High Bids Stymie Progress on Installing Sewers in Old Lyme


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OLD LYME — Just two companies bid to install sewers in four beach communities in Old Lyme, and at costs which were significantly in excess of what had been estimated for the project.

The bids were $17.5 and $18.5 million — higher than the roughly $10 million estimate from engineering firm Fuss & O’Neill, said Scott Boulanger, said director of the Board of Governors of the Miami Beach Association. 

Officials from the three chartered beach communities and the town of Old Lyme told CT Examiner that the high bid had triggered a new bidding process that will split the project into three parts, with the hope of lower bids.

Rich Prendergast, chair of the town’s Water Pollution Control Authority, said that breaking the job apart could result in lower prices. 

“Instead of one super company that can manage everything and then hire subcontractors, you can have the subcontractors bid directly for the parts that they’re qualified to do, which brings more people to the table to effectively bid and you’re not paying for the profit of the super contractor to have subcontractors,” said Prendergast.

The project will be rebid separately as the pump house, the force main and pipes connecting Old Lyme to East Lyme’s sewer main, and the “trunk” set of pipes carrying effluent from the beach associations to the pump house.  

The total cost of the sewer installation will be shared among the town of Old Lyme’s Sound View Beach, the Miami Beach Association, Old Lyme Shores Beach Association and Old Colony Beach Club Association.

Matt Merritt, president of the Old Lyme Shores Beach Association, explained that only two out of nine contractors who responded to the request for proposal had actually bid on the project, and that one of the contractors had said that the project was too large. 

Merritt said that question of increased costs had added a layer of uncertainty to the future of the project.

“This 10 year project right now is, for lack of a better word, in limbo, but we certainly don’t know. If these prices stay where they are, we’ve got to make some decisions on it. We certainly want to stand by the mandate from the DEEP and stop polluting groundwater. But at the same time, at what time does the price outweigh the benefit? We have home owners where everyone will be affected on some level, but for some at these levels it’s a lot of money.”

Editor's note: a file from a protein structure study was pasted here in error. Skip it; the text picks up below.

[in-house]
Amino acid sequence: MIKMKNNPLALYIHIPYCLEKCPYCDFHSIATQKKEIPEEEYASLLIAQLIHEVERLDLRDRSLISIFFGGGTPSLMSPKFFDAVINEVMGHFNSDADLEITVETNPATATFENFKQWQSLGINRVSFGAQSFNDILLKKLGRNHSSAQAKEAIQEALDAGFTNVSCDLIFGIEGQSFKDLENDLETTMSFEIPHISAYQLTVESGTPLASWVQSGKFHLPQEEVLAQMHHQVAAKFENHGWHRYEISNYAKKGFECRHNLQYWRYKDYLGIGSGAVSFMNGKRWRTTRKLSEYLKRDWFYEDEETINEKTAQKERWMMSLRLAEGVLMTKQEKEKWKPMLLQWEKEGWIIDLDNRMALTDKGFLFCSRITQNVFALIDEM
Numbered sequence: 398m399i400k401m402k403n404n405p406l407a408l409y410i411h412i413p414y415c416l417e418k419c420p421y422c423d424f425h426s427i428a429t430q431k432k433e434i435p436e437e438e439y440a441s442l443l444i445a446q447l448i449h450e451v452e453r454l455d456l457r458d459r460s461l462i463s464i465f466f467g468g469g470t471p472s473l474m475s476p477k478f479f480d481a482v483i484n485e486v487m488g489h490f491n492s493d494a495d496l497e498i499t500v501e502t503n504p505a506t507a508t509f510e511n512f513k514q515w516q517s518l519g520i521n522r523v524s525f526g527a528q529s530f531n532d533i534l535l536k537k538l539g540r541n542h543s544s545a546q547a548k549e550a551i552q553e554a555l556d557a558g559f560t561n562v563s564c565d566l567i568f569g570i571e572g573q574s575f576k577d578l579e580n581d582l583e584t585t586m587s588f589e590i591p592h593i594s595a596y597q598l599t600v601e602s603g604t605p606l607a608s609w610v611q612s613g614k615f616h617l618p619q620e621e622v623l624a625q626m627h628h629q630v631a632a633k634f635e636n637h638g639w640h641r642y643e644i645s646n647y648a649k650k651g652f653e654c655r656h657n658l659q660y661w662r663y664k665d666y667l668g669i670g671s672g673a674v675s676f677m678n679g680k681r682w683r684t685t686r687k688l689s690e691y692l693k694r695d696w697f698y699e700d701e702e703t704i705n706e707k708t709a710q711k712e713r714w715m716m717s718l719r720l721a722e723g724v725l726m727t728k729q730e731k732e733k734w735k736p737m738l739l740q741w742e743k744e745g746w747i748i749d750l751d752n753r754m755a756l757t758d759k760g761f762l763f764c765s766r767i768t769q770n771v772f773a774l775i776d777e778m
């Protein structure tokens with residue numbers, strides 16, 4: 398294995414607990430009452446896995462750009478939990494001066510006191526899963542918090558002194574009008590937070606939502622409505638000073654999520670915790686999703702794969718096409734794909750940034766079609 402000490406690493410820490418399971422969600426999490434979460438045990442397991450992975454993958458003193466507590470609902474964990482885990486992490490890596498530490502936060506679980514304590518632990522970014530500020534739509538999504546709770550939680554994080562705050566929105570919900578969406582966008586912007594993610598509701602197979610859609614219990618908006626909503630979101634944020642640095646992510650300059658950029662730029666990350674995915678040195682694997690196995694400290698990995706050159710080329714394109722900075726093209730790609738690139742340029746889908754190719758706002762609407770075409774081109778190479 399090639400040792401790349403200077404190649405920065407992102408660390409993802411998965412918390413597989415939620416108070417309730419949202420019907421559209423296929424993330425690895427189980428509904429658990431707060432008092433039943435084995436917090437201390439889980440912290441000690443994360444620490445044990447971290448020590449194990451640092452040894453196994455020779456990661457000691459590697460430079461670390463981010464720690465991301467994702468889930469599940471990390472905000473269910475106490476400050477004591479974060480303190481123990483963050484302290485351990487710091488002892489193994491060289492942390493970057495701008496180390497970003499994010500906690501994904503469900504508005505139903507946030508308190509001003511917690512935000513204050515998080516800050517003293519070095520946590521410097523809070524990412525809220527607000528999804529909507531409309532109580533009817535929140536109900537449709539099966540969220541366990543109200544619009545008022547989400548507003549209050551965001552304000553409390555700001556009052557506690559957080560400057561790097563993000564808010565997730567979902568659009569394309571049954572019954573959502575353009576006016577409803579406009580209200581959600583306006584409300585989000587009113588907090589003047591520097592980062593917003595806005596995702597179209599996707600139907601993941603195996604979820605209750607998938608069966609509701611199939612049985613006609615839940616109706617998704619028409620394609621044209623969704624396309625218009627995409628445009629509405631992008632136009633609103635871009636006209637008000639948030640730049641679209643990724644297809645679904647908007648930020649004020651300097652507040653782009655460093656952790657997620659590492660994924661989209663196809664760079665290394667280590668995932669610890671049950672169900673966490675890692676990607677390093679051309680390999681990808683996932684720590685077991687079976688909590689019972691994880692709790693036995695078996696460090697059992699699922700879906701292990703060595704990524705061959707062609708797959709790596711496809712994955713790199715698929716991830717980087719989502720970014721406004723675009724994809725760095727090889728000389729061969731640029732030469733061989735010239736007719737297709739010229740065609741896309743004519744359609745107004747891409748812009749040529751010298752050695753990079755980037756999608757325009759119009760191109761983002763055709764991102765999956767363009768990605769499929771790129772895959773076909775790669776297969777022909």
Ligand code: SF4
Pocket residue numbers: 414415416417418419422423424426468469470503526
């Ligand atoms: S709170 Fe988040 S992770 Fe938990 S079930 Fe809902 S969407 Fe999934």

Merritt said between COVID and the escalating prices of materials and labor, the project has hit major obstacles.

“We have an infrastructure project that we are right in the middle of and after 10 years of designing and the effects of COVID, it couldn’t be a more perfect storm. It just hit everything and it came at the wrong times regarding stuff going out to bid in our opinion.”

Boulanger said he spoke about the project with the Miami Beach Association members last week at the association’s annual meeting. 

“I said, ‘I’ve been trying to be honest with you from day one… I can’t give you an answer on what is going to cost other than someone else telling me what they think it’s going to cost based on history and current prices. And until the bids come in, all bets are off.’”

He said that based on the latest bids, the beach association cannot afford the project even though the town is under an administrative order from the state. 

“We have an issue with pollutants, I don’t think the state of Connecticut is capable of giving us any more money,” Boulanger said. 

Both Merritt and Boulanger said the beach associations would explore the possibility of aid from President Biden’s relief package.

Douglas Whalen, chair of Old Colony Beach Association, said the new bidding process will delay the start of the project by about two months. 

“We were hoping to have a shovel in the ground in August. Now we’re hoping to have a shovel on the ground in the October timeframe,” he said. “It’s definitely a very active program and we definitely want to clean up the environment, so [the project] is not going to go dead.”